In the intervening years I've softened a bit on this. The building is still desperately trendy, and it is still a decade too late. It is also a building though, and what is one decade in the life of a building? In a few years no one will remember whether it was built in 2000 or in 2010. It will be clearly recognizable as one of those galleries and museums that everyone was building at the dawn of the shiny new millennium, and whether it was a leader or a follower will fade.

It certainly won't put Edmonton on the map though, since mid-sized cities around the world have all tried to capture some of that old Bilbao magic with similar projects. And as Edmonton's great leap forward it is unfortunate that we had to clutch so tightly to the coattails of others. It is the only building of its kind for nearly a thousand kilometers though, and even in our electronic world that still has importance.

Grist for the mill

What is one decade in the life of a building? In Edmonton a lifespan can be troublingly brief - the old art gallery was a few years shy of forty when it was torn down.

Some people loved the old gallery and others hated it. It certainly wasn't exciting or cuddly, and this city has no shortage of other brutalist concrete, so a general disregard and apathy are not surprising. For my part I liked it, but I didn't love it. I really liked the second floor space, but disliked the first. As with anything it had the good and the bad.

Of the four proposals for the new gallery two of them (and possibly a third - it's hard to remember) worked to incorporate the old gallery. The winning design didn't. It is certainly true that a large section of the original building still remains at the rear, but rather than being preserved or highlighted it has been rendered unrecognizable. It was simply consumed as a raw material and nothing more.

There were other options available, but this is the one we chose. Sadly, that is typical of Edmonton. History is an embarrassment that should be wall-papered over. If we could just start from the beginning again, this time we could make everything perfect. We've been trying that for at least fifty years now, and I don't think it's worked yet.

All the angles

With all of that - the lifelessness, the intellectual three card monte, the calculated fadishness, and the casual dismissal of the past - if I actually liked the new building none of it would really matter. Unfortunately though, I just don't find it appealing. In particular, the defining view from Churchill Square does nothing for me:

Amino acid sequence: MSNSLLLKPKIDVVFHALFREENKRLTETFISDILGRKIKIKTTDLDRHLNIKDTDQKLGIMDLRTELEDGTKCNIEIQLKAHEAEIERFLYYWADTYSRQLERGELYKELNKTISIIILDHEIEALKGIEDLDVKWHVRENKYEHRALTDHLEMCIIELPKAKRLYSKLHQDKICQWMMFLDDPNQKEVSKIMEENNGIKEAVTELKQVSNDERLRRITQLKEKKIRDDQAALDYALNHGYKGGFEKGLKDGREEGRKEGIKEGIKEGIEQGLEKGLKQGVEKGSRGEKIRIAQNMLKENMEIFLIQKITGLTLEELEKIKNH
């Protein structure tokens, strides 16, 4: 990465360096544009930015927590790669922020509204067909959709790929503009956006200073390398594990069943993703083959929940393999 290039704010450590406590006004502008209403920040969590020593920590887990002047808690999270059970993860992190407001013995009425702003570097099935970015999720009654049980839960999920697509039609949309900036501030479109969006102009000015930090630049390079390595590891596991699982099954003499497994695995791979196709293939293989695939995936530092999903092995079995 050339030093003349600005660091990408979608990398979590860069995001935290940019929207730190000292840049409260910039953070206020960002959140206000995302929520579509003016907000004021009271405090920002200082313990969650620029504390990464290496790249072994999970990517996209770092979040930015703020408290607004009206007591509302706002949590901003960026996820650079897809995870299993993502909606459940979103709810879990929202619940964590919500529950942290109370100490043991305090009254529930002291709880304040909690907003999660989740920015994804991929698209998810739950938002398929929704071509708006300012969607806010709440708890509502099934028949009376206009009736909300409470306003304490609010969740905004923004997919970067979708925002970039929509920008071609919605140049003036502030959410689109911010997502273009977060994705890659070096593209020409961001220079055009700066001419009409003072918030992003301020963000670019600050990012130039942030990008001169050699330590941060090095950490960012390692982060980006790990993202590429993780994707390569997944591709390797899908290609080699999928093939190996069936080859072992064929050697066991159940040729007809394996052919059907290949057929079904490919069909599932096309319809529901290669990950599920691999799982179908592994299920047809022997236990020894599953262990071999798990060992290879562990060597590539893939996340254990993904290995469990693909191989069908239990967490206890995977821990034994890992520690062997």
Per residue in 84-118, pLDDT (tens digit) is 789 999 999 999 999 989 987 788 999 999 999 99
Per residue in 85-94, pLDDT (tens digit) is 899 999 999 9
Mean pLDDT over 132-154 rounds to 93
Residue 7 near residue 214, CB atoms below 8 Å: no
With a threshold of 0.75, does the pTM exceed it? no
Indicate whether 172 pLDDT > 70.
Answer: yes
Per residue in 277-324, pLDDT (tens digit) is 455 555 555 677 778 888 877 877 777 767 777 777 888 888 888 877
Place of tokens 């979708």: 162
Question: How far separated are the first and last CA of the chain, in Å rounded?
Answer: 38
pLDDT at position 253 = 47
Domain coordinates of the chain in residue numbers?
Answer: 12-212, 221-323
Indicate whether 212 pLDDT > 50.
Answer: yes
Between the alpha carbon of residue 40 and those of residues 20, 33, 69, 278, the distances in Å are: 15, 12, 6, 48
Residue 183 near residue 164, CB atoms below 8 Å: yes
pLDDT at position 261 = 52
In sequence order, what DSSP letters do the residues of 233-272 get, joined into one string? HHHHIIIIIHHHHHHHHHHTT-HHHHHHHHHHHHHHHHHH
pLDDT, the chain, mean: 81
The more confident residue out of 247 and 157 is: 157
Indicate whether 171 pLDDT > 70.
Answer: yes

It looks like someone killed a transformer - there's a leg, and the head, and some fingers, and an ear. I don't understand the flat surface at the end of the cantilevered section, which is governed by a sense of aesthetics and proportion that is completely alien to me. I can only assume that is where banners will eventually be displayed to promote the exhibitions? For now though, that comically oversized balcony is more funhouse than expressionist.

I do like the North elevation. It is brutal to the point of giving the old gallery a run for its money, but I think it works surprisingly well:

And while working on the model I discovered that the South elevation has some charms of its own:

I think this angle pulls off lyrical chaos much better than the typical view from the square. Unfortunately though, the only way to see the gallery from this angle is from the inside of Chancery Hall across the street. The view that most people will see from streetlevel is rather less impressive:

I have also realized that I've been a bit unfair in my judgement of the galley. Seeing the rendering of the early concept has forced me to admit that I really do prefer what we got to what was originally proposed. And as the gallery took shape I was definitely prejudiced; transferring my initial dislike for the concept onto the new building. I obviously still don't think it's great, but it is definitely better. And hopefully the interior will wow me a bit once I've visited.

The glazing really is unforgivable, though. One day it will need to be replaced, and we will thankfully have a chance to fix it. Unfortunately though, when that day arrives people just like me will be defending the black glass as an integral part of the design.